Hit Them Where it Hurts

Some interesting news has finally developed as a result of the state government shutdown. This news perfectly demonstrates the folly of allowing the state to interfere with the free market. It seems that many bars in Minnesota are running out of beer because they were unable to renew their alcohol purchasing licenses before the shutdown:

Hundreds of bars, restaurants and stores across Minnesota are running out of beer and alcohol and others may soon run out of cigarettes — a subtle and largely unforeseen consequence of a state government shutdown.

In the days leading up to the shutdown, thousands of outlets scrambled to renew their state-issued liquor purchasing cards. Many of them did not make it.

Now, with no end in sight to the shutdown, they face a summer of fast-dwindling alcohol supplies and a bottom line that looks increasingly bleak.

This is how you hurt somebody, take away their fun and entertainment. I highly doubt that the state didn’t realize a possibility such as this could occur. In their eyes taking away peoples’ liquor would be the perfect argument for the need of the state, and many people will believe it. In actuality this is the perfect argument against allowing the state to regulate every industry on the fucking planet.

I’ve talked about the dangers of having government hold a monopoly control on anything in the past and this situation demonstrates that. I believe this is only one real option here; liquor stores need to go out and just buy the alcohol they need to continue doing business.

This is known as civil disobedience and we as Americans should practice this artform far more often. Just think about it, if every bar in Minnesota just said, “Fuck it!” and purchased alcohol without a license (either from current distributors or liquor stores as private individuals if the distributors won’t play ball) what could the state do? If the state decided to enforce their liquor license laws during the shutdown the court system would be overloaded with bar owners who could make a very valid case about how not buying that liquor would destroy their business and thus their livelihood. It would be difficult, I believe, to get juries to find these bar owners guilty as most people understand there are times you have to do what you have to do in order to survive.

Another side-effect of enforcing the license requirement in such a scenario is the fact it would likely cost far more to collect the fines than the state would make on the fines. There are numerous ways you can take a simple $30.00 fine and cost the state thousands to collect it. It would make little monetary sense for the state to prosecute the bars that purchased alcohol without a valid license.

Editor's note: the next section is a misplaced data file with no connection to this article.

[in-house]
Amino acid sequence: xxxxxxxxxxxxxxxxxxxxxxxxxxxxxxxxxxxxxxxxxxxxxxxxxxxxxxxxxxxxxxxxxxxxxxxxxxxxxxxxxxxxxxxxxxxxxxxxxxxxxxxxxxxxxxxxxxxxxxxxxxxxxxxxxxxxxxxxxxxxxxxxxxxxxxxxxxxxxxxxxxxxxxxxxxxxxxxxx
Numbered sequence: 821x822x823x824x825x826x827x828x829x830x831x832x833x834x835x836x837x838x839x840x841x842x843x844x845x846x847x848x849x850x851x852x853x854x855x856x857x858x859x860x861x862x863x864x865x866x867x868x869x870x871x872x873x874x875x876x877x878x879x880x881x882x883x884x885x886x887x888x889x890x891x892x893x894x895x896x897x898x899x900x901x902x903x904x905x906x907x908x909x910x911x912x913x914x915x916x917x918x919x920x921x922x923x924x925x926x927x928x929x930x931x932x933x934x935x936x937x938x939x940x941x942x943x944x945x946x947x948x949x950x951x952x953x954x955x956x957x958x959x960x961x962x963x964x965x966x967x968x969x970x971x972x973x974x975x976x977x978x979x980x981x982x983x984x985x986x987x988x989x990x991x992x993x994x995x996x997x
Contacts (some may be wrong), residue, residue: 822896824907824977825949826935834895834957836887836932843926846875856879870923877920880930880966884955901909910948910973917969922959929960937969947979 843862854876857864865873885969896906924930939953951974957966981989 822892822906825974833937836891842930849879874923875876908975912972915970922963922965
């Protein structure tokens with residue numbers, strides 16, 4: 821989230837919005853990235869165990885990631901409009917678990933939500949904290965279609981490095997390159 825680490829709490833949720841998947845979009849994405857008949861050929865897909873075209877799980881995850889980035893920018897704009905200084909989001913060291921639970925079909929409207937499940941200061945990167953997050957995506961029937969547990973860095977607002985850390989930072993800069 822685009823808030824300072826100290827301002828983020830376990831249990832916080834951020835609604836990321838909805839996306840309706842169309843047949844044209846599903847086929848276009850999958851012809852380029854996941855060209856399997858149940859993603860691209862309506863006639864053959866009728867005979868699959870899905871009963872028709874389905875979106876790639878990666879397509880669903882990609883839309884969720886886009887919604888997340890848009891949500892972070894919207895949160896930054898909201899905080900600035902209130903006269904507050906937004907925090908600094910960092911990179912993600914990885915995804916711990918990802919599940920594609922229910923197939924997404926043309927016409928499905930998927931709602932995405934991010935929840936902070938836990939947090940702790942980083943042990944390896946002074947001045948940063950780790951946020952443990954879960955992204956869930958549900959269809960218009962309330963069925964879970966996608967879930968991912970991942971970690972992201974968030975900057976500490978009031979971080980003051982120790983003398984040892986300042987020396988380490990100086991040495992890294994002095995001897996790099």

If ever bar simply ignored the liquor purchasing license requirement the only real option the state would have is to “forgive” the “transgression.” Whether or not the state chose “forgiveness” or prosecution the people of Minnesota would have a good demonstration of how meaningless these licensing laws are.

When the state makes your life hard or impossible then it’s time to make the state irrelevant. Requiring bars to purchase a license in order to purchase liquor server no purpose other than filling the state’s coffers with pilfered money. Minnesota, nay the United States, ill needs government bureaucrats looting productive private businesses. We the people should be willing to say, “Enough is enough!” Fuck those bean counting pencil-necked bureaucrats, they do nothing for us and much to harm us.

3 thoughts on “Hit Them Where it Hurts”

  1. And Markie Dayton os proving what…………………………………………………………………………………………..
    Thats right not a damn thing other then he is a worse Governor then he was Senator….

    He was offered a balanced budget, the biggest one ever and with a spending increase…wasn’t good enough for his Union and special interest puppet masters…Now we the taxpayer pay….
    Recall the sumbitch!!

  2. If there isn’t money to give out permits than there should not be money to enforce the requirement to have a permit.

  3. That’s the irony of this whole situation Joat, issuing permits wasn’t an “essential service” but ensuring businesses comply with licensing requirements was.

    I’m still betting that was an intentional strategy to ensure people felt some kind of negative affect of the government shutdown. Our government wants everybody to believe nothing can get done if the government shutdown. Truth be told everything would be getting done if the government hadn’t first made everybody comply with all these stupid licenses, regulations, and permits that they forced upon us.

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